An NTSB study shows glass cockpit technology has not significantly improved the safety of small light planes, the NTSB said Tuesday, and the board recommended changes, from training to maintenance reporting, to improve the statistics. While data collected between 2002 and 2008 showed fewer total accidents for those aircraft equipped with glass panels, that total came with a higher fatal accident rate and higher total fatal accidents. For the period from 2002-2008, conventionally equipped aircraft suffered 141 total accidents with 23 having a fatal outcome. Glass-equipped aircraft suffered 125 total accidents with 39 having a fatal outcome. But the board's study also found the mission profile for each type of equipment package and the characteristics of the pilot were different between the two platforms. Generally speaking, higher-time pilots were flying longer flights with glass. That said, the NTSB was able to use the data to offer six recommendations voiced at the meeting. Five of those were related to equipment-specific training and one applied directly to testing requirements.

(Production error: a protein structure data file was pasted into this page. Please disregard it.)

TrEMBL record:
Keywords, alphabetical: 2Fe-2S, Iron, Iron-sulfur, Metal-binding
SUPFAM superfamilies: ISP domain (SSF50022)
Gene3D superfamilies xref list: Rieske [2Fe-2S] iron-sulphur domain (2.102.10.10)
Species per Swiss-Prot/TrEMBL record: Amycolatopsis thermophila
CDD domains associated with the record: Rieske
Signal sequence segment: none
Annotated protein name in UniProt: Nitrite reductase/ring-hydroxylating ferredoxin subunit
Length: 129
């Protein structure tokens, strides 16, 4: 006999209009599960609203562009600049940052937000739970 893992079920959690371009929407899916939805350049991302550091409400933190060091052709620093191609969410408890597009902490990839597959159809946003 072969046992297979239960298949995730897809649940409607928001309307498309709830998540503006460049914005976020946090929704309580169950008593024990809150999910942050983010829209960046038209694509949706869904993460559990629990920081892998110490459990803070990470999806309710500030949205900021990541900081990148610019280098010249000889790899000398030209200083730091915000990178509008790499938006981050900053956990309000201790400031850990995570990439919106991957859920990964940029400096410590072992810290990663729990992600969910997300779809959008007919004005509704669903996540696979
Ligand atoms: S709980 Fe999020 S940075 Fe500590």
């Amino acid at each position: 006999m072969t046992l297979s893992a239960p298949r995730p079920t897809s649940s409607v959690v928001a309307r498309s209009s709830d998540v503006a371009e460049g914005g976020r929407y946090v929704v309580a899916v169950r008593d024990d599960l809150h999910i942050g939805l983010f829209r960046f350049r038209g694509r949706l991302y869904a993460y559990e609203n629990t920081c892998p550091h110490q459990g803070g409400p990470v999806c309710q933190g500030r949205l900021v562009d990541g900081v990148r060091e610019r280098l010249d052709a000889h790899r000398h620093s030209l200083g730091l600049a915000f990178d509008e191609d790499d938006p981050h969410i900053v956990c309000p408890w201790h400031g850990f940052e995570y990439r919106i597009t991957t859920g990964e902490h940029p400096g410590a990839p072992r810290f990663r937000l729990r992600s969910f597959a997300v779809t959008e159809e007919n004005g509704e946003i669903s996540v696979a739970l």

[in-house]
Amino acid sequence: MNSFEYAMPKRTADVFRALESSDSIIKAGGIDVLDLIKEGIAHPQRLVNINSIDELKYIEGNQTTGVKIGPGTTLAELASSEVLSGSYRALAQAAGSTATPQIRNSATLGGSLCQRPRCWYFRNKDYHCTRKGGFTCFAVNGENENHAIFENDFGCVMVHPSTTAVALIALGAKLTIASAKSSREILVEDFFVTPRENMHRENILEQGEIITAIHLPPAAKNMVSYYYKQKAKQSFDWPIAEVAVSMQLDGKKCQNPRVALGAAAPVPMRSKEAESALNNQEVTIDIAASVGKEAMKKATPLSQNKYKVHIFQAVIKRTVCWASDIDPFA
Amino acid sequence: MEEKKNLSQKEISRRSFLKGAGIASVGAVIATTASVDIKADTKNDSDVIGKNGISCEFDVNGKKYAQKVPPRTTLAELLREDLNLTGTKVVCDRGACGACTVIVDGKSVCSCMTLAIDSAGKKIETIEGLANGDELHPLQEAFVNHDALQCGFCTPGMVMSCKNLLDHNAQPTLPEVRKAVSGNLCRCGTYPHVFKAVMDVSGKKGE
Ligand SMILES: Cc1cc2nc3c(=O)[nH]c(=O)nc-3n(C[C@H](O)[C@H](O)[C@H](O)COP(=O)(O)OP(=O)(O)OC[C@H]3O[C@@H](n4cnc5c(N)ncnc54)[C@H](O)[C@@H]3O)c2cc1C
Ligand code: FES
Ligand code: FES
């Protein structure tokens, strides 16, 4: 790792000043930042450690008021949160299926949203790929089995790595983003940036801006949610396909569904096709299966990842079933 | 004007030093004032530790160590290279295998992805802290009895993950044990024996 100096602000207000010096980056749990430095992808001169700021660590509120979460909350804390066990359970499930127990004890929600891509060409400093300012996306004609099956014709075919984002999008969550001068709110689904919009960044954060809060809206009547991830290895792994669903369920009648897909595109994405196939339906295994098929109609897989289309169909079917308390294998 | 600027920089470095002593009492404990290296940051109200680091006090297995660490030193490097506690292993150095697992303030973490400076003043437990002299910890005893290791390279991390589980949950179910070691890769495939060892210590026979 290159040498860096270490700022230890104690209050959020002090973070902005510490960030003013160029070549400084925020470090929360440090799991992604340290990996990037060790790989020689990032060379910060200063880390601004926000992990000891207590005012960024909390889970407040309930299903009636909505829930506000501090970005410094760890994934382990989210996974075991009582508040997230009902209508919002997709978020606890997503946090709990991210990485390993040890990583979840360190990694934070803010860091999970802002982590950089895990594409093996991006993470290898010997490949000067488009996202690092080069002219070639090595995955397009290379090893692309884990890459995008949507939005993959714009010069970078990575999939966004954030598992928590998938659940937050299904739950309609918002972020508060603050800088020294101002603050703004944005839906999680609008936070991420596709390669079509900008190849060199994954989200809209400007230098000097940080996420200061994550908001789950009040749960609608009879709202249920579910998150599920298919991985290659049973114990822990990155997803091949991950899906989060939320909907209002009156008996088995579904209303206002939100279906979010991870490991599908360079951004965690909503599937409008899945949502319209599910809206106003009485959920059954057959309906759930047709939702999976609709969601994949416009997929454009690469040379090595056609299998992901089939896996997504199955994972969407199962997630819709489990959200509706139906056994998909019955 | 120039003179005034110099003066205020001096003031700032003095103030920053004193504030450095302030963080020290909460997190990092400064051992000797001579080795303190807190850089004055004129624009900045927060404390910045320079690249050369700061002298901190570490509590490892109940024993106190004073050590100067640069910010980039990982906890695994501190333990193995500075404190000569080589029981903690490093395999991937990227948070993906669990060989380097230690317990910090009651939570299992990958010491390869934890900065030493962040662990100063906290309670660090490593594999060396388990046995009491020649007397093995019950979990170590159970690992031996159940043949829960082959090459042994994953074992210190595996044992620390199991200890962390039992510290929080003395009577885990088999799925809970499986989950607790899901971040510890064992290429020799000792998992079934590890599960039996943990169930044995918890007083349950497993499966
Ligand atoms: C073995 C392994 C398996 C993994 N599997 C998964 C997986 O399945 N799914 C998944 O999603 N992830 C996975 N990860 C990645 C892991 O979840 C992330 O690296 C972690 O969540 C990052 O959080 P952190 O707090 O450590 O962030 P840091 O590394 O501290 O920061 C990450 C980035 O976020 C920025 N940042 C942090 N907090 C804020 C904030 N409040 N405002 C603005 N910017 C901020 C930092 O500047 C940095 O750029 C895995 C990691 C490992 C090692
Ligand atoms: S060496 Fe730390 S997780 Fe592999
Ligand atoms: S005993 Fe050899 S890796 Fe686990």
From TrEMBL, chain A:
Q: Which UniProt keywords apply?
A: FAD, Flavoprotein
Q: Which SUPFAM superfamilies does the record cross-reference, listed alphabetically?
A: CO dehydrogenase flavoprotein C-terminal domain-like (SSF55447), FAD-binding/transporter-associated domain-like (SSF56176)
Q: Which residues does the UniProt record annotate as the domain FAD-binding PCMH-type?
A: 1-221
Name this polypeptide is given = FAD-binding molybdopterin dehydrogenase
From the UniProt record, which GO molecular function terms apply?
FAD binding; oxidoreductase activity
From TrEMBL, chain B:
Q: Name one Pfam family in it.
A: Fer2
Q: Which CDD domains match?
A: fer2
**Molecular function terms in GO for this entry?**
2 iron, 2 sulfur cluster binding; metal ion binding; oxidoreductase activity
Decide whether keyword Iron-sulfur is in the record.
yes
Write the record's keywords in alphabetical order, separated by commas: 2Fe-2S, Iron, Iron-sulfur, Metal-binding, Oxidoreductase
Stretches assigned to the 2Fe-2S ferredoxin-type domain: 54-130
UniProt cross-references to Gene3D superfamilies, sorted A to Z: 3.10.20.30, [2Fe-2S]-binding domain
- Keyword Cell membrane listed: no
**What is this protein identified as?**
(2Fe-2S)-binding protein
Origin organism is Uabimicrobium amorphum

The NTSB's study found that glass-equipped cockpit accidents were more likely to involve single-pilot operations, with an older pilot who was more likely to be instrument rated and flying with a higher number of total flight hours. That also corresponded with a higher number of terrain- and weather-related accidents attributed to glass panel aircraft. Weather-related accidents made up 4 percent of conventionally equipped aircraft accidents in the study but 9 percent for glass-panel-equipped aircraft. Conventionally equipped aircraft seemed more dominant in the training segment as accidents of those aircraft involved younger pilots, more students and pilots with fewer total hours. The NTSB recommends that airman knowledge tests be revised to include general knowledge regarding glass panels, that information in aircraft manuals include abnormal and failure modes of the panels, that training elements be introduced to improve pilot knowledge of glass-panel system functionality, that specific training elements be introduced to address variations in equipment design and operation of such displays, that alternate training methods (such as PC versus flight simulator) be approved to support proficiency, and that a system be created to better report and track problems with the units. The study's findings had not yet been posted online when AVweb published this item.
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